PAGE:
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Fused Deposition Modelling (FDM) Explained

Posted by Thomas Brooks on


Fused Deposition Modeling (FDM) is a popular 3D printing technology that has revolutionized the manufacturing landscape. From its inception to the present day, FDM has undergone significant advancements and transformations, all thanks to the inventors, companies, and the open source RepRap movement that have contributed to its development. In this article, we will explore the history of FDM 3D printing, the major companies involved, the impact of the RepRap movement, and compare FDM with other plastic 3D printing processes, highlighting its strengths and weaknesses.

The Origins of FDM 3D Printing

FDM was invented by Scott Crump in the late 1980s. Crump, who later founded Stratasys, patented the FDM technology in 1989. The initial concept of FDM was born out of the desire to create a rapid prototyping process that could quickly and accurately produce functional parts. This technology uses thermoplastic filament that is heated and extruded through a nozzle, layer by layer, to form a three-dimensional object. Watch Stratasys’s own explanation of their origin here.

Stratasys, the company founded by Scott Crump, is one of the major players in the FDM 3D printing market even to this day. They have been responsible for numerous innovations in FDM technology over the years, including the introduction of various materials, advanced support structures, user-friendly software, and industrial-grade 3D printers. Other major companies that have contributed to the growth of FDM include 3D Systems, Ultimaker, MakerBot, and Prusa Research. The latter three companies resulted from the pivotal, open source RepRap movement which we’ll cover next!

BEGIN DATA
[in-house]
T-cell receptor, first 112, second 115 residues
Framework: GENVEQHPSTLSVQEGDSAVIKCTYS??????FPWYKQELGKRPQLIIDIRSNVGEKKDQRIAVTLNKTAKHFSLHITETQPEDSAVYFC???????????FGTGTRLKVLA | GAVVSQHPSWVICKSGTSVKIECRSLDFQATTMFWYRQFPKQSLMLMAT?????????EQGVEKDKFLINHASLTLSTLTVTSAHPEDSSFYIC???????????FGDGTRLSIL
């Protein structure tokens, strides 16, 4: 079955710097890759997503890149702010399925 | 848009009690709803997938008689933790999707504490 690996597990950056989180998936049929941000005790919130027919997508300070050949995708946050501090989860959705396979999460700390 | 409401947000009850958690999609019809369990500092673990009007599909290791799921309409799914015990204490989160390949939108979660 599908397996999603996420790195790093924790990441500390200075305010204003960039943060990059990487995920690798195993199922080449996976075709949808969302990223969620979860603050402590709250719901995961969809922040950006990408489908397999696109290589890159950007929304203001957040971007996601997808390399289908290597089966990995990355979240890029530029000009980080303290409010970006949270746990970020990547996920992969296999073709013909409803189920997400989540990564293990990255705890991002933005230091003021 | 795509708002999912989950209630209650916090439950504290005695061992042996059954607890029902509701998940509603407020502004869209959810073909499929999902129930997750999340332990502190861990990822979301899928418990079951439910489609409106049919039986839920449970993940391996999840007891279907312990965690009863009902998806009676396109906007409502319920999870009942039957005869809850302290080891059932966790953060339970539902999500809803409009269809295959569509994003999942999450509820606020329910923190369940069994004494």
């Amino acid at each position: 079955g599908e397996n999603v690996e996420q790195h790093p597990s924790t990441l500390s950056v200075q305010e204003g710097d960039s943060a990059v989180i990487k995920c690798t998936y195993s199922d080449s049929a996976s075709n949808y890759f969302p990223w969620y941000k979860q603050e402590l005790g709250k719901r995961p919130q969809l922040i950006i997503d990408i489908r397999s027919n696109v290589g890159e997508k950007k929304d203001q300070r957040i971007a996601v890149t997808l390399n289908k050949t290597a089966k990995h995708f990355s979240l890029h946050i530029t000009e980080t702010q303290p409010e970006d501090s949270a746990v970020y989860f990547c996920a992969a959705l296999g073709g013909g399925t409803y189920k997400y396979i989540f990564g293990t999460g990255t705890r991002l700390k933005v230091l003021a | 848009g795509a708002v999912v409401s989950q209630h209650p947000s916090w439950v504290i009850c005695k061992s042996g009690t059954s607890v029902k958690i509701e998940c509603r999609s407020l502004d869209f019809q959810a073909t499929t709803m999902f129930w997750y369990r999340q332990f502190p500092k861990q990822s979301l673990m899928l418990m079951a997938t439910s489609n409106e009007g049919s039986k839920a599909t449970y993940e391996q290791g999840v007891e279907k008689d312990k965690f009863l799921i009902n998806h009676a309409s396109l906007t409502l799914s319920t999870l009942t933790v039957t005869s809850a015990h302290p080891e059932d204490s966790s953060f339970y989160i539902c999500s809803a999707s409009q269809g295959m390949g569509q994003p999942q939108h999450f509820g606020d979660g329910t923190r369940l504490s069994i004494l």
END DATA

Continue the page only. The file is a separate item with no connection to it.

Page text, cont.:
The Open Source RepRap Movement

The RepRap (short for "Replicating Rapid Prototyper") movement is an open source initiative that has played a crucial role in the development and popularization of FDM 3D printing. Started by Dr. Adrian Bowyer (a senior lecturer at the University of Bath in England) in 2005, the RepRap project aimed to create a self-replicating 3D printer capable of manufacturing its own parts. The project's success led to the development of affordable, open source FDM 3D printers that could be easily built and customized by hobbyists and professionals alike. This accessibility and versatility greatly reduced the cost of FDM technology and helped it gain widespread adoption by a vibrant community of enthusiasts, engineers, and entrepreneurs.